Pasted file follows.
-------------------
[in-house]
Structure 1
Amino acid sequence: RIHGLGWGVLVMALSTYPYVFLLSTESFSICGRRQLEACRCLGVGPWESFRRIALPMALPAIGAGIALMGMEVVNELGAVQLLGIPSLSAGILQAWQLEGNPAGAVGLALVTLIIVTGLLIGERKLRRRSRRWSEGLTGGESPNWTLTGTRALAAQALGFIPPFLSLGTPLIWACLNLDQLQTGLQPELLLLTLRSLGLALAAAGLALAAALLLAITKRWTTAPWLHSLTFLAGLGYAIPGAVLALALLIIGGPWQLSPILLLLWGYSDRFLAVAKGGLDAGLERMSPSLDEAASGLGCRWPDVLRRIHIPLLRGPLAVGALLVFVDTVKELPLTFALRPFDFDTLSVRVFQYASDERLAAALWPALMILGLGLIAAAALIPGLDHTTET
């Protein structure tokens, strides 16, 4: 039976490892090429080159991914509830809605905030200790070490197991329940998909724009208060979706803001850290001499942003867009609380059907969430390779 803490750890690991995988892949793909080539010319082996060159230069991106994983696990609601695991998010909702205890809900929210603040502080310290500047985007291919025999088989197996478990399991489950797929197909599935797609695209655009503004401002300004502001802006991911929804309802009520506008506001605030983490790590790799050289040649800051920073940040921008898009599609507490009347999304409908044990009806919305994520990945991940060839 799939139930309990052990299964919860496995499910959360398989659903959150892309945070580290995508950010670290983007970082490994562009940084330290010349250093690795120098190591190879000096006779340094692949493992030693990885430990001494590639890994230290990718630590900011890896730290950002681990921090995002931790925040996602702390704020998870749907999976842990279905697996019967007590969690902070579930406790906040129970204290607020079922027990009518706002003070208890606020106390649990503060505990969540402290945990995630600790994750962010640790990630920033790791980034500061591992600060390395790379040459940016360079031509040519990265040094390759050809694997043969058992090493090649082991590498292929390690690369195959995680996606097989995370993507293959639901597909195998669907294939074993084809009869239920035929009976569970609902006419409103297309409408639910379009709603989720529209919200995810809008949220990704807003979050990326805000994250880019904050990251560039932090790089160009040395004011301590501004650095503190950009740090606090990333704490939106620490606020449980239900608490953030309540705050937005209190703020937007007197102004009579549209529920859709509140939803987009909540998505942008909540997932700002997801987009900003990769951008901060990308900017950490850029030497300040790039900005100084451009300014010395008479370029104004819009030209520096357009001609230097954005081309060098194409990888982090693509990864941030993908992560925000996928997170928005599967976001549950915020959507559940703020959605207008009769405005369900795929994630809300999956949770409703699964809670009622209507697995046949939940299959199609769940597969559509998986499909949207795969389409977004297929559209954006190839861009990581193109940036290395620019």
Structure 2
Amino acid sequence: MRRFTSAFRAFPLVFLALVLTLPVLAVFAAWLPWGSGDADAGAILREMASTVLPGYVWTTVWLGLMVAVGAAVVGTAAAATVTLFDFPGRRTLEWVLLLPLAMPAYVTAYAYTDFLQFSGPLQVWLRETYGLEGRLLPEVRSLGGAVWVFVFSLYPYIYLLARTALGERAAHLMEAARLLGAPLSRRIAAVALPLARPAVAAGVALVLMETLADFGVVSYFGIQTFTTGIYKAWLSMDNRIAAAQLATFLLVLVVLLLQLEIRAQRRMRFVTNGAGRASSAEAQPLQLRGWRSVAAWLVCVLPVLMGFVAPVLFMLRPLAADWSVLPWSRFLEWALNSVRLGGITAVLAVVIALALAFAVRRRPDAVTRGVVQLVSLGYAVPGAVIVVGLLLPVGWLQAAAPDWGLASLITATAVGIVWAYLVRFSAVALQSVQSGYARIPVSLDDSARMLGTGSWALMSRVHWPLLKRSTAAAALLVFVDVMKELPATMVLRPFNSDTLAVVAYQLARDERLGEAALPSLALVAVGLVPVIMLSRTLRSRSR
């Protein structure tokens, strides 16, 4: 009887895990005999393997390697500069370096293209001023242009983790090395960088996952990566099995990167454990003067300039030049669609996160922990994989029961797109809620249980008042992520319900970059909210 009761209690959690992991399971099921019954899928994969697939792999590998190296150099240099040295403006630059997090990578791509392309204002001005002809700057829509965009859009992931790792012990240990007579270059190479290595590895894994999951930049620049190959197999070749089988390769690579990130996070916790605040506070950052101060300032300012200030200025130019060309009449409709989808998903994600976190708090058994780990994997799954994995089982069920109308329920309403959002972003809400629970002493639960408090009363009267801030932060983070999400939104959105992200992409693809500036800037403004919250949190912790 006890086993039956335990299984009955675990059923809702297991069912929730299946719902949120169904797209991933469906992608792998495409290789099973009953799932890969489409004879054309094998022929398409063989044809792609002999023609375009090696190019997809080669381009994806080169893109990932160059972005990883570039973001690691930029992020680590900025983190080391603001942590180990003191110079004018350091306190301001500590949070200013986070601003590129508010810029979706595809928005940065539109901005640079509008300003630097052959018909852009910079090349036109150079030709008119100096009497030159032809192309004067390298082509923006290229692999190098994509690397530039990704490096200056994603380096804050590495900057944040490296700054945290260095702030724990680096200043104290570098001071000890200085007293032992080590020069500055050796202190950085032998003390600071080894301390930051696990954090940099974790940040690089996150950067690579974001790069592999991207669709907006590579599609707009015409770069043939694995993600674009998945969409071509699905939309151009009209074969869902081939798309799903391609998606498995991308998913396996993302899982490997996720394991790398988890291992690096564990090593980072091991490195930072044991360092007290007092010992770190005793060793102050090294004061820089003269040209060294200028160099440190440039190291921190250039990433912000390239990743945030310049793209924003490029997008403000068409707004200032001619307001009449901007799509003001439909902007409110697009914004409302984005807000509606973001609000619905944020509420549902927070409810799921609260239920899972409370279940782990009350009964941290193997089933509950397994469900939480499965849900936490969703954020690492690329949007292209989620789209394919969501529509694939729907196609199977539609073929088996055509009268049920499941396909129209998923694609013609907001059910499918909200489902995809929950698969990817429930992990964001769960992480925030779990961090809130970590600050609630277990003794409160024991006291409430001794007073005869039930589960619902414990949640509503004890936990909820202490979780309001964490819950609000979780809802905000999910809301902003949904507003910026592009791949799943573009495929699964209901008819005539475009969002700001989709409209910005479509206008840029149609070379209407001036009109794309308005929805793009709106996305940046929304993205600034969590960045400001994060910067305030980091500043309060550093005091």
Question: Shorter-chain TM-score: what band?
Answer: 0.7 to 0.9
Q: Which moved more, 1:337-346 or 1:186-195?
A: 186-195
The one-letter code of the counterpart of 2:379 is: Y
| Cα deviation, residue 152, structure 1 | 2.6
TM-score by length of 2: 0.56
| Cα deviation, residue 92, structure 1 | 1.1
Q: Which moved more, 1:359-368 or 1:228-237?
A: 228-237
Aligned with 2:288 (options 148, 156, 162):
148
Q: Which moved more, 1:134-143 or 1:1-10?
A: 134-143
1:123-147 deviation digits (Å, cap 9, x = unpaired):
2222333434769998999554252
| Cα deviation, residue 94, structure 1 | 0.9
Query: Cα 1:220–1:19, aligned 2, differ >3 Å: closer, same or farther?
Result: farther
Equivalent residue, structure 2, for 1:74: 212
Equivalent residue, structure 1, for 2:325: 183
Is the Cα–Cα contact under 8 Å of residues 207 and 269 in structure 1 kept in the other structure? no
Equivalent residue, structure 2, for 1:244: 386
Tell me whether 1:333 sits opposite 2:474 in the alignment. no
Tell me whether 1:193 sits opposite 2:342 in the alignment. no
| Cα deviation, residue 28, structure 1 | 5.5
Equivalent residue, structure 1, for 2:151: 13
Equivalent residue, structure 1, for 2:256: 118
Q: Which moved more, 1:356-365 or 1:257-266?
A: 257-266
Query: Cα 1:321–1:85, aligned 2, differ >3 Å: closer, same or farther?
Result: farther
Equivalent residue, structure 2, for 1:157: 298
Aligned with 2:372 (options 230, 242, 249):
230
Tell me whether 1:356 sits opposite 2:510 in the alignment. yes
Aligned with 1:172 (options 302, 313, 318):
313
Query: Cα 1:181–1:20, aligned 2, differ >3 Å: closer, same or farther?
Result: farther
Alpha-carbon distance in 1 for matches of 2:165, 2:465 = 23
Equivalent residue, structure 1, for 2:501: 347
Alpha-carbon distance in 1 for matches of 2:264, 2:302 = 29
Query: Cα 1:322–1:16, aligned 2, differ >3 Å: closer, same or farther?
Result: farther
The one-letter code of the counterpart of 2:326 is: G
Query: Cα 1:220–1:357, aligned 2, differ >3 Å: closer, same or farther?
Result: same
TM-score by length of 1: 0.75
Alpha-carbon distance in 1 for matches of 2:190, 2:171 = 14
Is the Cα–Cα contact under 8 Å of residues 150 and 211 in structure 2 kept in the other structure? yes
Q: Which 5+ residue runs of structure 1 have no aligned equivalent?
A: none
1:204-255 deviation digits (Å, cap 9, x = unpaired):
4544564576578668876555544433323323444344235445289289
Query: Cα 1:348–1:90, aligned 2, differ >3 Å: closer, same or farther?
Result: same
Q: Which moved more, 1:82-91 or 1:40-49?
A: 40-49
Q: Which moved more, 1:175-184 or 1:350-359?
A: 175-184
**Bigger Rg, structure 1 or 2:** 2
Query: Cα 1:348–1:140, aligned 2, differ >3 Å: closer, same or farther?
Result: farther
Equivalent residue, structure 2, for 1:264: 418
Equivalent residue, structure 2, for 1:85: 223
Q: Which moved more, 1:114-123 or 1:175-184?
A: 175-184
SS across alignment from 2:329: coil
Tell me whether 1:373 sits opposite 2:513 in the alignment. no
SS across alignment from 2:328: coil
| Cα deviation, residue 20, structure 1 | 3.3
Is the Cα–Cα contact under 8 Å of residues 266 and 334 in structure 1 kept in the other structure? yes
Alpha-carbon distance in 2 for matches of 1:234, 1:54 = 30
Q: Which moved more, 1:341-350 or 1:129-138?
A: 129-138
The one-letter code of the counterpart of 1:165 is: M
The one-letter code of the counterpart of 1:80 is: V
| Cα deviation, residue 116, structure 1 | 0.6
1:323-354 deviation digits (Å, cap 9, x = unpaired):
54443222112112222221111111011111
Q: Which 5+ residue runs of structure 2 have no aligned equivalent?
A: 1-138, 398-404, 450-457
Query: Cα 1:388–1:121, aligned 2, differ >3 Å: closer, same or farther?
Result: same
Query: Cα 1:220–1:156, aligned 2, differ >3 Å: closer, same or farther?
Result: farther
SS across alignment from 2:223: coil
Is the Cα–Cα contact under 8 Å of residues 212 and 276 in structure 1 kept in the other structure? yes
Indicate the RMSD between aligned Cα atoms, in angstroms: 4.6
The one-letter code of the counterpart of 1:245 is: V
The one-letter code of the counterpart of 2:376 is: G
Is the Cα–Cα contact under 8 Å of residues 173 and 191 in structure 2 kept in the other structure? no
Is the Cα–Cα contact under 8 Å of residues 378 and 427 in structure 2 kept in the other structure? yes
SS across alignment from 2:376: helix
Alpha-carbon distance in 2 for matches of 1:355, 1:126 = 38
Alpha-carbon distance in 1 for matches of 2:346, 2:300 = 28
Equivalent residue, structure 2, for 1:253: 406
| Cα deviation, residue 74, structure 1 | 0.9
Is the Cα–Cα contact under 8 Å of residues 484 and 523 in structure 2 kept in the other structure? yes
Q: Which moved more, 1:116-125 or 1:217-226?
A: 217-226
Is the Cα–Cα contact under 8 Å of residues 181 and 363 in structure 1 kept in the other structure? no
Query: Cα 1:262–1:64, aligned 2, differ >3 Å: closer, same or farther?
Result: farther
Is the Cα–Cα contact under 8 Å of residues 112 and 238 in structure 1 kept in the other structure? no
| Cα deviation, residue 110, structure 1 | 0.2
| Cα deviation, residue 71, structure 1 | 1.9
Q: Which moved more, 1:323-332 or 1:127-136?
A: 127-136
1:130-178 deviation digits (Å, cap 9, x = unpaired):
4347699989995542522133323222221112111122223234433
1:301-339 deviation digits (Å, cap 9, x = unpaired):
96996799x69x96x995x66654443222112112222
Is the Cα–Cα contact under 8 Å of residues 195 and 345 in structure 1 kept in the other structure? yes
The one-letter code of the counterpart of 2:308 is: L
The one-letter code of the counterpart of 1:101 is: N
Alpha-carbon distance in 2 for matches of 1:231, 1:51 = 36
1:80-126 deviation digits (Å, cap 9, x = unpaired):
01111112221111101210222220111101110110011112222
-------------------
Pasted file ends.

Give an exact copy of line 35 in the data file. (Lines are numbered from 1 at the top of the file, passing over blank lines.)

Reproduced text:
Equivalent residue, structure 1, for 2:256: 118